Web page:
Readers' letters - July 25
Leyland Motors' war efforts
Leyland Motors’ war efforts
Our thoughts today go towards our armed services personnel, both from the war years and the present day, due to the release of the Dunkirk evacuation movie, starring among others, Harry Styles.
They are our brave armed forces who kept our country safe then and still strive to do marvellous work, with many sacrificing their lives for our freedom and country with honour and valour.
Especially, at this time, I am made aware of the great war effort by Leyland Motors, moving and building tanks, including Cromwell and Centurion Tanks.
Leyland also made Hippo Trucks, six-wheeled and armour-plated, and also weapons to Russia for the convoy. Six hundred trucks and 400 tanks went to feed the war effort.
At the bottom of Bretherton Terrace, Leyland, was the back entrance to the old South Works.
The area is reinforced with steel girding at the bottom of the cul-de-sac to withstand the weight of the tanks.
There are also the marks of the bullets on the terrace. It was gunned when Germany found out that this practice was going on at the factories at night.
Mrs M Ralphs
Facing gridlock and pollution
People who live in Lostock Hall, Bamber Bridge and Leyland and those who commute to work via the M6, M65 and M65 will know how congested London Way is near the Sainsbury’s and War Memorial roundabouts.
There’s near constant delays with poorly sequenced traffic lights and confusing lane marking, it’s surprising there’s not been a serious accident.
Yet Lancashire County and South Ribble Councils appear to be determined to make the situation worse by pressing ahead with the Cuerden Strategic Site including a huge Ikea, another retail park, offices, warehouses and hundreds of new homes.
The main access to the site is only via the Sainsbury’s roundabout.
The area faces gridlock and increased pollution, not helped by hundreds of trees and hedgerows being removed.
It’s not too late.
I urge people to contact South Ribble Council to object to the development. Please write to the planning department at West Paddock, Leyland, PR25 1DH or email plan[email protected] quoting reference 07/2017/0211.
A very concerned resident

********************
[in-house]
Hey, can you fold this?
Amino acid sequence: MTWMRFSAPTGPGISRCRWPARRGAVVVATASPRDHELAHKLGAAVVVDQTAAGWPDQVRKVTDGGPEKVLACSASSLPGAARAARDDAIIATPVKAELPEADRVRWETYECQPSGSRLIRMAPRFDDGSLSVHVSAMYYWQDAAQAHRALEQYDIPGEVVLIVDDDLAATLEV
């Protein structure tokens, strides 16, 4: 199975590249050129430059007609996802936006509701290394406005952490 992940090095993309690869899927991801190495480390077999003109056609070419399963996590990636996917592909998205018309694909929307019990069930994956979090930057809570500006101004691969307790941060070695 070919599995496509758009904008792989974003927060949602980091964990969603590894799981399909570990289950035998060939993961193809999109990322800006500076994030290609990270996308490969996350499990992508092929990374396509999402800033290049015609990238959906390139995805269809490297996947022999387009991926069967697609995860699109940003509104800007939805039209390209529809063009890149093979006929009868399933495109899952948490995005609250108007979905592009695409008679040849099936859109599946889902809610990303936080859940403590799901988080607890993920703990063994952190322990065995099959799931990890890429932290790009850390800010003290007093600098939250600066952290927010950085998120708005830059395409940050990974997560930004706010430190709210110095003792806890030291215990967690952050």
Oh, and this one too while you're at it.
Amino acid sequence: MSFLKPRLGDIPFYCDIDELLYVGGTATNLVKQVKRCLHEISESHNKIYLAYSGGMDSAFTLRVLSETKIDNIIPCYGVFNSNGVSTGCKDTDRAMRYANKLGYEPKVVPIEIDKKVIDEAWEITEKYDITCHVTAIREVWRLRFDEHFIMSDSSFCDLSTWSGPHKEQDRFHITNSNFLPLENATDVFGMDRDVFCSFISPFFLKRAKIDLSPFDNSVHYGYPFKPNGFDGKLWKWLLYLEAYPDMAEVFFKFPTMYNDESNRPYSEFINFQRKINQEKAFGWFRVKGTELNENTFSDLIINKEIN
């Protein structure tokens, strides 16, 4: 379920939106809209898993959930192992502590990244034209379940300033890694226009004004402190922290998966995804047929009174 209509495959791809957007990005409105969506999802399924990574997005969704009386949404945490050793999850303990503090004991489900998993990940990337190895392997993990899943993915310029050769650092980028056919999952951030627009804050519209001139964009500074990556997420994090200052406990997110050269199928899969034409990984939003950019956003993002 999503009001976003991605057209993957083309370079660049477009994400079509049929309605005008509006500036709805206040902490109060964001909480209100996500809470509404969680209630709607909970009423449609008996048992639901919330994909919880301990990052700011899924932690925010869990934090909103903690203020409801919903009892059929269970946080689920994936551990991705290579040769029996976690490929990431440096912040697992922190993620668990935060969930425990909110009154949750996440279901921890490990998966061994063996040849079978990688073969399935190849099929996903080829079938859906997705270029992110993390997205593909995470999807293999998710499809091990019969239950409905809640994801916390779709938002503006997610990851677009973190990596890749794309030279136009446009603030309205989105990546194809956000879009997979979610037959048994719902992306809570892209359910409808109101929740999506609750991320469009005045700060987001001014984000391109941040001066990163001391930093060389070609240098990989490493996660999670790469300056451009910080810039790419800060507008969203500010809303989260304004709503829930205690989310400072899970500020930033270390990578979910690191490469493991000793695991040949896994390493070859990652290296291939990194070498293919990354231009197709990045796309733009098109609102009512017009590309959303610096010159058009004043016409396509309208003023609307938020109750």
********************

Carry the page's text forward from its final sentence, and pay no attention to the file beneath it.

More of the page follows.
Rights under Victims’ Code
Recent crime statistics revealed that there were 4,965,270 crimes recorded by the police in England and Wales last year.
This seems an appropriate time to remind people of their rights under the Victims’ Code.
All victims of crime have the right to a needs assessment to make sure they get the support they need. This could include an interpreter or an intermediary, for example.
They also have the right to be kept informed about the police investigation, including if a suspect is arrested and charged and if any bail conditions are imposed and the time, date, location and outcome of any court hearings.
Our casework shows that vulnerable victims are not always provided with the support they need or have a right to.
Some have not felt able to face the defendant in court but were not given the support they needed to give evidence behind a screen or via a video link. In other cases we have found that victims of crime, who were due to give evidence in court, were not told the dates of the hearing, resulting in cases collapsing.
It is vital that people are made aware of their rights, and that the Victims’ Code is followed so that victims of crime are given the justice they deserve.
If people are not satisfied with the way a complaint about the Victims’ Code has been dealt with, by either the local police force or the Crown Prosecution Service, then they have a right to bring that complaint to us.
Parliamentary and Health Service Ombudsman
Please keep our theatre seats
I recently visited Chorley Little Theatre out of curiosity. I visited a second time just for the joy of being there.
What a gem you have.
From entering the building, buying a ticket from the small box office, to taking a seat in the 100-year-old seats, it took me back to an earlier age.
The management seem determined to remove these seats – wooden upholstered bucket seats with cast iron legs and cast iron decorative end plates. I am disabled but I found the seats very comfortable and I was able to get from one aisle to another with ease.
To my mind, the theatre is an important part of Chorley’s history and our heritage.
How could they?
Does anyone feel the same?
The dark side of ribbons
Councillors, I want to tie hundreds upon hundreds of man-made ribbons to railings, on trees, in bushes, on lamp posts and traffic signs all across our beautiful Chorley borough for my favourite cause.
They won’t rot away but be assured they will fade, although they will also become tatty, over time with threads getting loose and, I’m really sorry about this, tangling around all kinds of wildlife.
Don’t worry though.
Those that become loose will disappear out of sight going down the drains, into streams and blowing into farmers’ fields, gardens and parks.
I’ve no plans to keep a record to let you know where I’m planning to put them – what do you think?
I’m wondering, will I and my helpers be fined for littering or fly-posting – is it £75 a time? And by the way do you think your lovely taxpayers will mind if you tidy up after us?
P.S Or can you suggest better ways for my cause?
“Someone needs to ask”
NHS could grind to a halt
If the NHS didn’t have enough problems, it is now reported it is having to spend a record amount on treating obesity – more than £1bn a year.
That is more than is spent on providing hip operations for the elderly.
It is said by obesity experts that sedentary lifestyles and excessive food consumption has given to a rise in lifestyle diseases which is putting the NHS under an intolerable strain.
It is now time to instruct councils to run more public health campaigns to monitor people’s weight and blood pressure.
A few councils are doing this, but every council must improve the population’s health or our NHS will grind to a halt.